Here is something one does not see every day. In my research for a project I have been working on I pulled up the “Debates and Proceedings in the Convention of the Commonwealth of Massachusetts.” The convention to which the title refers was the Commonwealth’s 1788 gathering at which they debated ratification of the U.S. Constitution, which itself had been approved at the Philadelphia convention in September 1787. The edition of “Debates and Proceedings” from which these images came was edited by Charles Hale and Bradford K. Peirce in 1856. This was during Bleeding Kansas when the sectional crisis was coming to boil. South Carolina congressman Preston Brooks’s savage caning of Massachusetts senator Charles Sumner was on May 22, 1856, the same year of the publication of this book, which again I have been reading in digital format when I stumbled across the Sumner connection.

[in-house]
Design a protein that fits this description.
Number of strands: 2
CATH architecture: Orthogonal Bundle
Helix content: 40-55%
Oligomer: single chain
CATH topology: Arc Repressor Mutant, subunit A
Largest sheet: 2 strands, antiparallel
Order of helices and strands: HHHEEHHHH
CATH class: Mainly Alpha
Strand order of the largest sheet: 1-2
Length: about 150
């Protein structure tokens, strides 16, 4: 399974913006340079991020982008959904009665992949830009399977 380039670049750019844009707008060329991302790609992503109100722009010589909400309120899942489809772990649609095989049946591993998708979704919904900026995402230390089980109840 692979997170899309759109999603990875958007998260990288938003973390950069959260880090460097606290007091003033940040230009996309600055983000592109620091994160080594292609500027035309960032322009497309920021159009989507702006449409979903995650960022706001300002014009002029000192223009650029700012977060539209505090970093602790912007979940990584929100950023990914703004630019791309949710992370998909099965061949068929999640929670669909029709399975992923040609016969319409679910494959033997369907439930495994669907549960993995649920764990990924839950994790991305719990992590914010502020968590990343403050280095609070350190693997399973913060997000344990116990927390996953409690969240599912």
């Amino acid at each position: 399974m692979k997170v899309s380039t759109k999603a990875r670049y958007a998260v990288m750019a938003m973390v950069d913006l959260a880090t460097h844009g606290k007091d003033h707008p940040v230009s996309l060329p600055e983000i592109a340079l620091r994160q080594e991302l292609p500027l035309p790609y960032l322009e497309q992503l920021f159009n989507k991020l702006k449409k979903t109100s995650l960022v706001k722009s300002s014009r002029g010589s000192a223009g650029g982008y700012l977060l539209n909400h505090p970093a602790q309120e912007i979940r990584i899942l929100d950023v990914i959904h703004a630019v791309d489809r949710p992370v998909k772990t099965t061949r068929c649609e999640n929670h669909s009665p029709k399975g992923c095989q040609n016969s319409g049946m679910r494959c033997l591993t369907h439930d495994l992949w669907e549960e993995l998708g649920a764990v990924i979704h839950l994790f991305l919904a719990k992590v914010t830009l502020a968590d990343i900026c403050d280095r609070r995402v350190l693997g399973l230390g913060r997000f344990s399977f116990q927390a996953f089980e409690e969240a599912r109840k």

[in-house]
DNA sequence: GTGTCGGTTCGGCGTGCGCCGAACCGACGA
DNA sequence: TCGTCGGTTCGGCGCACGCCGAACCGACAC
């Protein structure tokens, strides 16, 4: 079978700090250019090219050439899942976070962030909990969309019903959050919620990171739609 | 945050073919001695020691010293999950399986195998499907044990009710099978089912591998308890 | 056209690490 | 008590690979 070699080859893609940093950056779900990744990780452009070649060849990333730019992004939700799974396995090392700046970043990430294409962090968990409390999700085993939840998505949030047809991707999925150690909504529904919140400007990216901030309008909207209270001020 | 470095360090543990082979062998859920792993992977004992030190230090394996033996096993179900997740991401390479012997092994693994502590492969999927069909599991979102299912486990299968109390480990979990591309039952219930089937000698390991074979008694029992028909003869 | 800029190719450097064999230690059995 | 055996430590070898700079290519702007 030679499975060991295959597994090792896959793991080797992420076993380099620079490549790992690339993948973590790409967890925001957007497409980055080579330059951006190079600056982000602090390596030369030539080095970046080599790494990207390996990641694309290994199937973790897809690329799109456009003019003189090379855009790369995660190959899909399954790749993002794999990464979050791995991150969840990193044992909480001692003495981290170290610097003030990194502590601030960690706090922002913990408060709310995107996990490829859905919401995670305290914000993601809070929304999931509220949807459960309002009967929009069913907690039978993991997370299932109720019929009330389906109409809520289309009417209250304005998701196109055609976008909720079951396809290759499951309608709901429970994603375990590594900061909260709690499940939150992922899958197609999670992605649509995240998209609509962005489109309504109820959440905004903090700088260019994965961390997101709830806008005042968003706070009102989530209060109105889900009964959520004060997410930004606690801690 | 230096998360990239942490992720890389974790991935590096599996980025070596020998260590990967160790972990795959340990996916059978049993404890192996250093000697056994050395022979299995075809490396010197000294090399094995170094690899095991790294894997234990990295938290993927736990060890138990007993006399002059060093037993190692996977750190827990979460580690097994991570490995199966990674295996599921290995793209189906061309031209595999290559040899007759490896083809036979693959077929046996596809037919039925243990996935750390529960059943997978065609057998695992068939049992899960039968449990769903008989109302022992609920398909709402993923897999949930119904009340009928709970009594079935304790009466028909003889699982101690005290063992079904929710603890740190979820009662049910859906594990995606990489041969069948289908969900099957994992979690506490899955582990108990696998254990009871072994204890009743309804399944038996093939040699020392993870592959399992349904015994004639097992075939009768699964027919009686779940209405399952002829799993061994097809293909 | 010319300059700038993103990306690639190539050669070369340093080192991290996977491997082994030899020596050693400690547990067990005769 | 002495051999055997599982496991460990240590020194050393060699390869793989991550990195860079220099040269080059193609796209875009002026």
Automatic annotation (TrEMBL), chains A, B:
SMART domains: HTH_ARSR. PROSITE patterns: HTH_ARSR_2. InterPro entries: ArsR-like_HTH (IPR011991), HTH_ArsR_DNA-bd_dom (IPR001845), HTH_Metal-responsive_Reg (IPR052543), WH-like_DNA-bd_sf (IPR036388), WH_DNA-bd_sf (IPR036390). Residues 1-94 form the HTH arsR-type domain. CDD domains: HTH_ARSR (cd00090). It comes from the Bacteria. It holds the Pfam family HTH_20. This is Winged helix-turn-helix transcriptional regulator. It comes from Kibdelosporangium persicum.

I cannot tell with 100% percent certainty but based on the introductory material this edition of “Debates and Proceedings” most likely was published after May of that year. That is, the monograph came out after the caning of Sumner, which made the Massachusetts legislator a martyr for Constitution and Union. Thus, Hale gave Sumner a signed copy–the one we see here. As we see from the bookplate above, Sumner’s personal library went to Harvard in 1874, the year he died. It was Sumner’s copy from the Harvard collection that was digitized and put online.